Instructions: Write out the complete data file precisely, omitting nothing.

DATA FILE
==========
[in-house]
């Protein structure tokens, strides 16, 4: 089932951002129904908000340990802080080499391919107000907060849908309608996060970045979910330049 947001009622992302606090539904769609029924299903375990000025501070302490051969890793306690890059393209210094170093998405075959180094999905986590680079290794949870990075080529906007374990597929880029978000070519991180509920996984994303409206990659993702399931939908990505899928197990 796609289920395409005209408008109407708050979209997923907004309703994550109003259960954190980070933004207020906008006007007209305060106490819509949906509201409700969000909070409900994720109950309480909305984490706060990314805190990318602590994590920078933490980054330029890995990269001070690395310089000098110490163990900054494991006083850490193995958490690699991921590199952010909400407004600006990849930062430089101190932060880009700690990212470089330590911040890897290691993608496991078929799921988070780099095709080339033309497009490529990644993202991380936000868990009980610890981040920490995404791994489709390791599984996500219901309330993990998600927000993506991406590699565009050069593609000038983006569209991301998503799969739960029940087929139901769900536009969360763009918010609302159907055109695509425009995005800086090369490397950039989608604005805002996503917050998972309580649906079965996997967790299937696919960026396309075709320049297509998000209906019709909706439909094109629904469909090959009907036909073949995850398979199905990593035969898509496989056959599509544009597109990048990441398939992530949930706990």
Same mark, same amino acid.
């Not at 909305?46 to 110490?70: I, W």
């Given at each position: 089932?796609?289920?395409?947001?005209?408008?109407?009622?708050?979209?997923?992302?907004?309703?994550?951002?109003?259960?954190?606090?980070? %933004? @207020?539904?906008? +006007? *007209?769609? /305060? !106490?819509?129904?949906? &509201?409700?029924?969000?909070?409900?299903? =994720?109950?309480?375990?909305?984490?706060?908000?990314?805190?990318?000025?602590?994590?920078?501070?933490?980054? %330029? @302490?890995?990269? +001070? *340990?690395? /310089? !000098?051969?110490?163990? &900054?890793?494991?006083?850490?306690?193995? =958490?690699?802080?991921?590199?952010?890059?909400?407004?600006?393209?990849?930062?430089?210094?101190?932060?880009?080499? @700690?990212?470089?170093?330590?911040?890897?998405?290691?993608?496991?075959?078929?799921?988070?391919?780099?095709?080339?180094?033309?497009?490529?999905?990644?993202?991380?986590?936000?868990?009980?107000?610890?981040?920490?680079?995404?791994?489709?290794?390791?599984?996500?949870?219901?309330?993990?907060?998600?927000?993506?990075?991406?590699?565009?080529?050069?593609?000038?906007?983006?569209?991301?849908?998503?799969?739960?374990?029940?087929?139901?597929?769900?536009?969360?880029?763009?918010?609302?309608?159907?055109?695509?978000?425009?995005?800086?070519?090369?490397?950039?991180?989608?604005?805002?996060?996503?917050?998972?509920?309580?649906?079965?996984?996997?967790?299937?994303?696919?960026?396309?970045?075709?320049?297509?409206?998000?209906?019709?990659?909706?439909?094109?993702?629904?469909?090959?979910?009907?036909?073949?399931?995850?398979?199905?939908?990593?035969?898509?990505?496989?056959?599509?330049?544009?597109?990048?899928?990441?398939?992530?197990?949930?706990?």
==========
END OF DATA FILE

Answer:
[in-house]
């Protein structure tokens, strides 16, 4: 089932951002129904908000340990802080080499391919107000907060849908309608996060970045979910330049 947001009622992302606090539904769609029924299903375990000025501070302490051969890793306690890059393209210094170093998405075959180094999905986590680079290794949870990075080529906007374990597929880029978000070519991180509920996984994303409206990659993702399931939908990505899928197990 796609289920395409005209408008109407708050979209997923907004309703994550109003259960954190980070933004207020906008006007007209305060106490819509949906509201409700969000909070409900994720109950309480909305984490706060990314805190990318602590994590920078933490980054330029890995990269001070690395310089000098110490163990900054494991006083850490193995958490690699991921590199952010909400407004600006990849930062430089101190932060880009700690990212470089330590911040890897290691993608496991078929799921988070780099095709080339033309497009490529990644993202991380936000868990009980610890981040920490995404791994489709390791599984996500219901309330993990998600927000993506991406590699565009050069593609000038983006569209991301998503799969739960029940087929139901769900536009969360763009918010609302159907055109695509425009995005800086090369490397950039989608604005805002996503917050998972309580649906079965996997967790299937696919960026396309075709320049297509998000209906019709909706439909094109629904469909090959009907036909073949995850398979199905990593035969898509496989056959599509544009597109990048990441398939992530949930706990």
Same mark, same amino acid.
């Not at 909305?46 to 110490?70: I, W």
């Given at each position: 089932?796609?289920?395409?947001?005209?408008?109407?009622?708050?979209?997923?992302?907004?309703?994550?951002?109003?259960?954190?606090?980070? %933004? @207020?539904?906008? +006007? *007209?769609? /305060? !106490?819509?129904?949906? &509201?409700?029924?969000?909070?409900?299903? =994720?109950?309480?375990?909305?984490?706060?908000?990314?805190?990318?000025?602590?994590?920078?501070?933490?980054? %330029? @302490?890995?990269? +001070? *340990?690395? /310089? !000098?051969?110490?163990? &900054?890793?494991?006083?850490?306690?193995? =958490?690699?802080?991921?590199?952010?890059?909400?407004?600006?393209?990849?930062?430089?210094?101190?932060?880009?080499? @700690?990212?470089?170093?330590?911040?890897?998405?290691?993608?496991?075959?078929?799921?988070?391919?780099?095709?080339?180094?033309?497009?490529?999905?990644?993202?991380?986590?936000?868990?009980?107000?610890?981040?920490?680079?995404?791994?489709?290794?390791?599984?996500?949870?219901?309330?993990?907060?998600?927000?993506?990075?991406?590699?565009?080529?050069?593609?000038?906007?983006?569209?991301?849908?998503?799969?739960?374990?029940?087929?139901?597929?769900?536009?969360?880029?763009?918010?609302?309608?159907?055109?695509?978000?425009?995005?800086?070519?090369?490397?950039?991180?989608?604005?805002?996060?996503?917050?998972?509920?309580?649906?079965?996984?996997?967790?299937?994303?696919?960026?396309?970045?075709?320049?297509?409206?998000?209906?019709?990659?909706?439909?094109?993702?629904?469909?090959?979910?009907?036909?073949?399931?995850?398979?199905?939908?990593?035969?898509?990505?496989?056959?599509?330049?544009?597109?990048?899928?990441?398939?992530?197990?949930?706990?």